By Kelli Freeman
Many buyers at the West Coast Trend Show in Los Angeles reported a renewed sense of enthusiasm looking to Fall 2014. “Business is up 22 percent from this time last year,” says George Fangmann of George’s in Tucson, Arizona. Fangmann attributes that success to their closing 53-year-old Franklin’s and opening George’s in October 2013. The new 1,600 sq. ft. store is located in the upscale foothills of Tuscon. “We cater to a global and more resort customer, so we carry unique blends of sportswear lines from Peter Millar and Thaddeus to Bugatchi and unique hard good items. We’ve built our whole Jack Black skincare and shaving products around the cash register along with watches and other accessories.” George’s also features a bar in the back with a big screen TV “Not a lot of drinking but a ton of socializing.” The rear of the store opens up to a Tuscan-like restaurant which Fangmann says works really well.
The positive feeling was shared by Sharam Sharei of Corte Madera, Calif.-based Barcelino. “We had an exceptionally good January, I hope it keeps up.”
Irene Becker at Alandales in Culver City, Calif. is cautiously optimistic as well: “We had a huge January,” she reports. Becker was partial to the stunning darker muted colors and lush fabrics in sport coats including the soft shoulder from Zachary Prell.
Asked what this season’s key would be, Fangmann says, “It’s pretty clear to me everyone has a quarter-zip [sweater[ and a vest in every line.”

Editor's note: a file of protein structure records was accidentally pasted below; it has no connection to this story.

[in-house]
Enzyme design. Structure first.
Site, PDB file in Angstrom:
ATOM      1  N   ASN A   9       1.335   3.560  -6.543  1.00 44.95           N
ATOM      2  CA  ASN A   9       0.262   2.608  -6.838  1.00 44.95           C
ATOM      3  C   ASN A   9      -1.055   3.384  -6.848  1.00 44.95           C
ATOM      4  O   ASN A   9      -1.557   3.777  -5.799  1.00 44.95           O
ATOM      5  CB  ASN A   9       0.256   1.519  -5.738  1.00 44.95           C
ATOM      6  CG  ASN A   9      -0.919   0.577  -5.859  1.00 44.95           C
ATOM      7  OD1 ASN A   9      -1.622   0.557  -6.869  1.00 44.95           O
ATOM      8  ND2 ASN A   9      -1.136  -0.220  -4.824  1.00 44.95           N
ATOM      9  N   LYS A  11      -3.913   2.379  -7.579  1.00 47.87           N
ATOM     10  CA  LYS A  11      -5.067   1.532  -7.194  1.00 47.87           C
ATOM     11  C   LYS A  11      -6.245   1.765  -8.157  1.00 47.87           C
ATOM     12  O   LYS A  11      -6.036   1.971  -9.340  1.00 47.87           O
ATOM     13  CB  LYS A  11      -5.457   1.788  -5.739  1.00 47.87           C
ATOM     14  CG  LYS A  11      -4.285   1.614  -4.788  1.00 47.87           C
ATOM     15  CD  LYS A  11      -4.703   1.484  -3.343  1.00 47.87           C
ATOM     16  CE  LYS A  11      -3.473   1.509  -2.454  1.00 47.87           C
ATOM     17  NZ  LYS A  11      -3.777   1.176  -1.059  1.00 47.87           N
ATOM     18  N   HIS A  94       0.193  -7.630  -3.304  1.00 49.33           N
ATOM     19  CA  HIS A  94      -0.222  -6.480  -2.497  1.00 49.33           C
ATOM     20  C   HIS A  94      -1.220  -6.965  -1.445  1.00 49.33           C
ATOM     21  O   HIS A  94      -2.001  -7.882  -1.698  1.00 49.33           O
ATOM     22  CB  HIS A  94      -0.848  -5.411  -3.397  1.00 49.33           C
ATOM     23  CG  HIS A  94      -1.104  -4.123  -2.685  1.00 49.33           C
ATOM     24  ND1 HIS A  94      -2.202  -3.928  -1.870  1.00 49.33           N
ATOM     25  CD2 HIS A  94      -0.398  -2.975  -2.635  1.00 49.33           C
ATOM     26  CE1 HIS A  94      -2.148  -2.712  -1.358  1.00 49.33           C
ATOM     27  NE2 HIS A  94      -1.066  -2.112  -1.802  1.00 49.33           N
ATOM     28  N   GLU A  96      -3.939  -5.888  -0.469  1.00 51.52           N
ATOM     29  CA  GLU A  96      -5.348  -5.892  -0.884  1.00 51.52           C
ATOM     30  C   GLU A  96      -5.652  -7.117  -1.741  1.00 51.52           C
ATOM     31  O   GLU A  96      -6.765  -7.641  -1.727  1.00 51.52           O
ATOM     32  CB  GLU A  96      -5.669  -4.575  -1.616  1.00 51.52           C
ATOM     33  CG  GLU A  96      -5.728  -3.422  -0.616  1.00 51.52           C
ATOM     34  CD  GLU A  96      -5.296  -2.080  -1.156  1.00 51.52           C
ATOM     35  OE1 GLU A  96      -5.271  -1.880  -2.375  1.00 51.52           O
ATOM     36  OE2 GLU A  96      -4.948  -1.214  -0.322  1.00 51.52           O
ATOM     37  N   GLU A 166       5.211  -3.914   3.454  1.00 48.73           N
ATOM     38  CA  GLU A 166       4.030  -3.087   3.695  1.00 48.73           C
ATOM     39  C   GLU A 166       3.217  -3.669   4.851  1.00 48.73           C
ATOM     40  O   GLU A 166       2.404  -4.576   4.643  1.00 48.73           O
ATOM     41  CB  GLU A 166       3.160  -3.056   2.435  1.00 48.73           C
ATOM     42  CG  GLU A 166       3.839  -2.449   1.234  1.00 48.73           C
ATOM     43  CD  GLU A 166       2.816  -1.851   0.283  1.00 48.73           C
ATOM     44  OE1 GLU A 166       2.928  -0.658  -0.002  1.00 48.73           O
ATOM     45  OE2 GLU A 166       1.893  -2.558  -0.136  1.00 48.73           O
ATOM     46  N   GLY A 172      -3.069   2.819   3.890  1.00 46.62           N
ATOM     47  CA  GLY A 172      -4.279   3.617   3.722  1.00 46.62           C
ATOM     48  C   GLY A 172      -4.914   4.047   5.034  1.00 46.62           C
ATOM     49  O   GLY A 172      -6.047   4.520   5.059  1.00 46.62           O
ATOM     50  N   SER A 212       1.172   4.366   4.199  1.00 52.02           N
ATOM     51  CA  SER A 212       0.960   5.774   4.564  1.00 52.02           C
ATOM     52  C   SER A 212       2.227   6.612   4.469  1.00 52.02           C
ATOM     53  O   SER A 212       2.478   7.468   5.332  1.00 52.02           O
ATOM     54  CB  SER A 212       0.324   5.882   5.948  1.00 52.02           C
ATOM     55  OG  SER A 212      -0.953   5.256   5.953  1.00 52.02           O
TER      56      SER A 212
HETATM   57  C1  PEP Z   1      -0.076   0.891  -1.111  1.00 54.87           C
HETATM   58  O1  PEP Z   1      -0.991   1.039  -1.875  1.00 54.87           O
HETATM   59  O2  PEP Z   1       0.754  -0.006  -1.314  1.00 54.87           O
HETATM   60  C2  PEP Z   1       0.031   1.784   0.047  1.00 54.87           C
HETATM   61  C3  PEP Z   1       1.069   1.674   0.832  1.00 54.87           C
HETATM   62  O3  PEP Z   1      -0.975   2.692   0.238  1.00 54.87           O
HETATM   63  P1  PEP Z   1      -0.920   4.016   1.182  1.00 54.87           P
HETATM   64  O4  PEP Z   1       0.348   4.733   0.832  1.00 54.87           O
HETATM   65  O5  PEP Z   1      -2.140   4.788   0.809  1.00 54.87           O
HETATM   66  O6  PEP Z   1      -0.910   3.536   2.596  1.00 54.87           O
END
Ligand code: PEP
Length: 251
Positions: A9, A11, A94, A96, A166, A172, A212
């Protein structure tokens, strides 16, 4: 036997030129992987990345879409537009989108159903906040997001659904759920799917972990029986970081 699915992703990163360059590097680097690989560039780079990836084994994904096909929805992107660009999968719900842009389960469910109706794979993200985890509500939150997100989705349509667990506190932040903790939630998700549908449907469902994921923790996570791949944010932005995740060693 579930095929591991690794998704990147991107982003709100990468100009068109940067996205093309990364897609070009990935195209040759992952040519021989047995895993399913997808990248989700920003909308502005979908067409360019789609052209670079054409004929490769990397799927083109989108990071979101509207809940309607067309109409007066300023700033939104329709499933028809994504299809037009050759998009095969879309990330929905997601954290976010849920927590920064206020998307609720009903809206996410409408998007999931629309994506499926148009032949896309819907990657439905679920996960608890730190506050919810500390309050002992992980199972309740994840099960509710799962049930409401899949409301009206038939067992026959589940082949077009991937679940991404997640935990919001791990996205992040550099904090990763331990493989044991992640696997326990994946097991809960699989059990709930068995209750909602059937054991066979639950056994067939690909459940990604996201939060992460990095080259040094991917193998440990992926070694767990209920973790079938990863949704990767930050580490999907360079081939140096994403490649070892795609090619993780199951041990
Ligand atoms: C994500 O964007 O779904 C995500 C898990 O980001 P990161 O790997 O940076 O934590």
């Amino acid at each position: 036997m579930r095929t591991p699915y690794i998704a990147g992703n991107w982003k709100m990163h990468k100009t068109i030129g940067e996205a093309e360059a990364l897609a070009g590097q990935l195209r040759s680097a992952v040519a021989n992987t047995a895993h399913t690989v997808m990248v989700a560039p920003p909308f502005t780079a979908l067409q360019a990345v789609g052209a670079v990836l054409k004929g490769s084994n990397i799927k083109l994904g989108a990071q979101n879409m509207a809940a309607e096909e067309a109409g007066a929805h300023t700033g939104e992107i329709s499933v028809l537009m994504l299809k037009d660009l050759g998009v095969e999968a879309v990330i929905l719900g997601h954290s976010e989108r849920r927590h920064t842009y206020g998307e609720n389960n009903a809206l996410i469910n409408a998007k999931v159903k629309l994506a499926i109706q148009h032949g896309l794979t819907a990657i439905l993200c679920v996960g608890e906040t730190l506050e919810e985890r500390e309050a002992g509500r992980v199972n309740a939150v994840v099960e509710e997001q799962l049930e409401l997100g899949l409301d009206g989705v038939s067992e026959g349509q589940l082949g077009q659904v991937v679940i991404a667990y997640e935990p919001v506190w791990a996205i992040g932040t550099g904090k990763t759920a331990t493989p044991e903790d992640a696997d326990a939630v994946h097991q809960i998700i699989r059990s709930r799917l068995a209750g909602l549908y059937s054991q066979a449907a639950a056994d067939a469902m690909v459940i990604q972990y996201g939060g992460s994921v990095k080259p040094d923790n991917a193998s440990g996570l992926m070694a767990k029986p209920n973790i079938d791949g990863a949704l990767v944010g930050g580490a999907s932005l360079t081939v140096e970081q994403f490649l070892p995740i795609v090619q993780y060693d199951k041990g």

Other candidates include Viyella's interpretation of an old classic shirt, topped with a wool knit and woven pattern. And their lightweight reversible merino wool sweater.
Chris Bryant at Outlander in Healdsburg, Calif. likes the darker plaids in the shirts and adds that he's selling longer car coats.
Massoud Emami from Anderson and Emami in Spokane, Wash. says he’s selling out of jeans: “I never had a line of denim that has performed at retail as well as 34 Heritage.” They’re also killing it with sweaters, particularly new designs from Maker & Co.
Patrick Mon Pere from Patrick James in Fresno, Calif. sums it up this way: “The trends still seem to be about fit and fabric. The slimmer fits are now pretty much established across the board with most vendors and are driving the business. Most items we’re landing on are much less embellished than they have been in the past from a mixed media standpoint. They’re either relevant due to a great model or fabric treatment. Our core group of vendors continue to improve on what they do well, but nothing has leapt out as a homerun volume item that we can use to drive business.”
Bottom line, it’s about the customer says West Coast sales agent Ken Haruta. “Some of the retail trends that I’m seeing are the number of customers walking into specialty stores declining. Retailers have to train their staff to sell more to each customer and focus on raising the bar on customer service. We are in a relationship business. Many of the stores that I visit recognize their customers by their first and last name and know something about their family and that is one thing that sets them apart from their competitors.”